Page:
2) HECC/SHECC - The Governor has recommended continuation of the $15 million/biennium allocation from slot tax funds to NSHE deferred maintenance, as requested by the Board.  



Non-NSHE Budget Items

 While not part of the NSHE budget, there were other items in the Executive Budget that I wanted to call to your attention.

1) Knowledge Fund - The Executive Budget contained $10 million in funding to the Governor's Office of Economic Development for continuation of the Knowledge Fund.  Importantly, this appropriation is now contained in the base budget of GOED, which gives us reason to believe it will continue into the future at this appropriation level.  Our research institutions are able to plan projects with a longer timeline for implementation as a result of this budgeting.  We look forward to continuing our partnership with GOED in this area.


2) STEM Workforce Challenge Grant - The Executive Budget funds the office of Science, Innovation and Technology within the Governor's office and allocates $1.5 million per year of the biennium for the STEM Challenge Grant.  You will recall that this is a proposal advanced by NSHE during the deliberations of the SB 391 committee and based on the research and work of Brookings and Brookings Mountain West.  Among the beneficiaries of this grant are our institutions.


3) Graduate Medical Education Expansion - The Governor's recommendation included $10 million in support of the recommendations made by the Blue Ribbon Task Force that he appointed to expand medical residencies and fellowships.  Both UNR and UNLV were represented on that Committee and while these funds will not be flowing directly to either of the NSHE medical schools, we will be actively engaged in community partnerships supported with this funding and expect that NSHE residencies and fellowships will be strong candidates for funding under this new program.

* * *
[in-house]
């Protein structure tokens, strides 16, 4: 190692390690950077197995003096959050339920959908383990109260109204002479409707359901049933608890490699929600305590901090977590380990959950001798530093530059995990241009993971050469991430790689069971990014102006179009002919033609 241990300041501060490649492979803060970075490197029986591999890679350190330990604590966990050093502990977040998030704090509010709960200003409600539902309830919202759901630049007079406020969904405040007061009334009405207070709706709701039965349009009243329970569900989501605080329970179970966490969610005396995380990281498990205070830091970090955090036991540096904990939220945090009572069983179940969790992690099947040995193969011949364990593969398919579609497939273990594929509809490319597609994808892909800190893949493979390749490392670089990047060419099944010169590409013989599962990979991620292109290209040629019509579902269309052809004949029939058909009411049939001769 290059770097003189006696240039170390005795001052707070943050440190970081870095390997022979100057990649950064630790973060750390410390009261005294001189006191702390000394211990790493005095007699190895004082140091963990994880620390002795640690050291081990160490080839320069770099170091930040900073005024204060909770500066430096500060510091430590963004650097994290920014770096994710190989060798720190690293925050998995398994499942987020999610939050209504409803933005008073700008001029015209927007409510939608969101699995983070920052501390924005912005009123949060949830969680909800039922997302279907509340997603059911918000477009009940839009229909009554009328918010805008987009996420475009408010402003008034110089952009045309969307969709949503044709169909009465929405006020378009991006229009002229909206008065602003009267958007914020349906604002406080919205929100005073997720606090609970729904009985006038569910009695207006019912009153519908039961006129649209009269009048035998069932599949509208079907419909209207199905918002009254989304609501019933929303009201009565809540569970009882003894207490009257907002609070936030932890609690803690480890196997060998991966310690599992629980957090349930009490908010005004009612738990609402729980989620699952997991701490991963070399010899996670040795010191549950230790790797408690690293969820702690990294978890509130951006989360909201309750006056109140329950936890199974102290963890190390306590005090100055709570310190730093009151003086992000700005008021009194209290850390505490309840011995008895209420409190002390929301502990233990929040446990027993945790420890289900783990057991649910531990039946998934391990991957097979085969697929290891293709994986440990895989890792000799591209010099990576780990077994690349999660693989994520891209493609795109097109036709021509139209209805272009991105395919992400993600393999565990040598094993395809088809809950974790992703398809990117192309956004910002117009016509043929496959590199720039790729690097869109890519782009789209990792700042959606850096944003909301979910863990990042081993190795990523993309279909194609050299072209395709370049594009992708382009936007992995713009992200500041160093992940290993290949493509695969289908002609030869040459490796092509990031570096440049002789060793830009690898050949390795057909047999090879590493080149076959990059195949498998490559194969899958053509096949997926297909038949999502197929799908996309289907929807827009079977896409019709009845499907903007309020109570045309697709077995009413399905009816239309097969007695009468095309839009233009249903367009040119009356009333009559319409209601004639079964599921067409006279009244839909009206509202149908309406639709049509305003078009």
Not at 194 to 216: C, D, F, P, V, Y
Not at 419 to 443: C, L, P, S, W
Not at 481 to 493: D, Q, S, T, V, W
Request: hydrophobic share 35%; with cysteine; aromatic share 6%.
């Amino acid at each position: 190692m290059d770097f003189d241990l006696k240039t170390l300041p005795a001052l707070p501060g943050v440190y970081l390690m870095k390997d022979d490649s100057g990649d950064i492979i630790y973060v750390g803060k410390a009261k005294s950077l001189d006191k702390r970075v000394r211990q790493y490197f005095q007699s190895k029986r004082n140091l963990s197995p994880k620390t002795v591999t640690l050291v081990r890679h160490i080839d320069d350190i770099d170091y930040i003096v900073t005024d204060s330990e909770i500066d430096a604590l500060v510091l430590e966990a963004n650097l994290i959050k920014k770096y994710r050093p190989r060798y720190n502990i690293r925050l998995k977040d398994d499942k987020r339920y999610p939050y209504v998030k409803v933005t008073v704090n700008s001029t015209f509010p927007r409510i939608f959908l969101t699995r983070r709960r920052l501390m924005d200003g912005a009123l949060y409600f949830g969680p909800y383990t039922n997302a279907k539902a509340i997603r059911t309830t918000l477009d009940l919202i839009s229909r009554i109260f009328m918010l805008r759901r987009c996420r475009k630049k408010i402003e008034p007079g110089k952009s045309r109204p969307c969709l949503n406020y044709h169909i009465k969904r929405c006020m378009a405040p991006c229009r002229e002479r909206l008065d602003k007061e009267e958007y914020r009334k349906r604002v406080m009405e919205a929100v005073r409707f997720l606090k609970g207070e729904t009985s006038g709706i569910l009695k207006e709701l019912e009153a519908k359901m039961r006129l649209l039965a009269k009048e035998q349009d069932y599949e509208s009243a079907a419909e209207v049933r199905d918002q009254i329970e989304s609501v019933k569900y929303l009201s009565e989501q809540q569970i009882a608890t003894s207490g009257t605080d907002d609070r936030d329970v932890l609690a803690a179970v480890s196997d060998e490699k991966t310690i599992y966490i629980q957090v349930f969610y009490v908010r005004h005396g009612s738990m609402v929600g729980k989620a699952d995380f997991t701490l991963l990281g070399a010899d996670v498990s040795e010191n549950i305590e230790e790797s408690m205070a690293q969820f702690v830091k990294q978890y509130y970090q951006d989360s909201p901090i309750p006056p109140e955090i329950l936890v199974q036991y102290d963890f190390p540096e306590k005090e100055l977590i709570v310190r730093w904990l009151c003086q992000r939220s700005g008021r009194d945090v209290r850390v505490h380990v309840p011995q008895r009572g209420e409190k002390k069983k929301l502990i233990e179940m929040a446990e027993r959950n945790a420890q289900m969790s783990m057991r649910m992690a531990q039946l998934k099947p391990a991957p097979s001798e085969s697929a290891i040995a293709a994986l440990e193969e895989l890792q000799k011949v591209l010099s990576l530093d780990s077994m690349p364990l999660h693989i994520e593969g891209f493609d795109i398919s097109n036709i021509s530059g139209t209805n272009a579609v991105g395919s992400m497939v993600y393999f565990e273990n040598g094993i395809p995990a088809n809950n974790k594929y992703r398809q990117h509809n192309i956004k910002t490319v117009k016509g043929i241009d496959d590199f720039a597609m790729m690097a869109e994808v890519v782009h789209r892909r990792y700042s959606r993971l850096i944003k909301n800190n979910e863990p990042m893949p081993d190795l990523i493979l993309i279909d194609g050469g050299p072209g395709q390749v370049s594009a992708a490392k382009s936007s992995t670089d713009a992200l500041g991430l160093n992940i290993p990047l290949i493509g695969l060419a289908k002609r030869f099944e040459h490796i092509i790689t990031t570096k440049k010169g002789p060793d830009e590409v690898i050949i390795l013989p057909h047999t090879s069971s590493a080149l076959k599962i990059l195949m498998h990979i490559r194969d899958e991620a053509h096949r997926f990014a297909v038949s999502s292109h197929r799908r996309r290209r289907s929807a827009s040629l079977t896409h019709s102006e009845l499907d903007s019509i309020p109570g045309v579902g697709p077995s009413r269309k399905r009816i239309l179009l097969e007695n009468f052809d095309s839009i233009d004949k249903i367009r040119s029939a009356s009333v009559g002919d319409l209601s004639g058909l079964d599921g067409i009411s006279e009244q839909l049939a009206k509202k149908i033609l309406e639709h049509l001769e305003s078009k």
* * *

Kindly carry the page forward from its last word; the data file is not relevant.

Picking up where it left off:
4) College and Career Readiness Grants - $8.0 million has been recommended for appropriation to the Nevada Department of Education for these grants.  We expect the grants to support a variety of partnerships between K-12 and higher education that are geared to enhance the quality and quantity of our student pipeline.

5) Teacher Preparation and Professional Development - This is another recommended appropriation that will flow to the Nevada Department of Education but which we believe will support our teacher education programs throughout the system.  This is another example of the emphasis in the Executive Budget on education, and in particular, education as a continuum.


Our biennial budget is now in the hands of the Nevada Legislature, which convenes its session on February 2.  I will continue to keep you apprised of developments as this process progresses.


Nevada System of Higher Education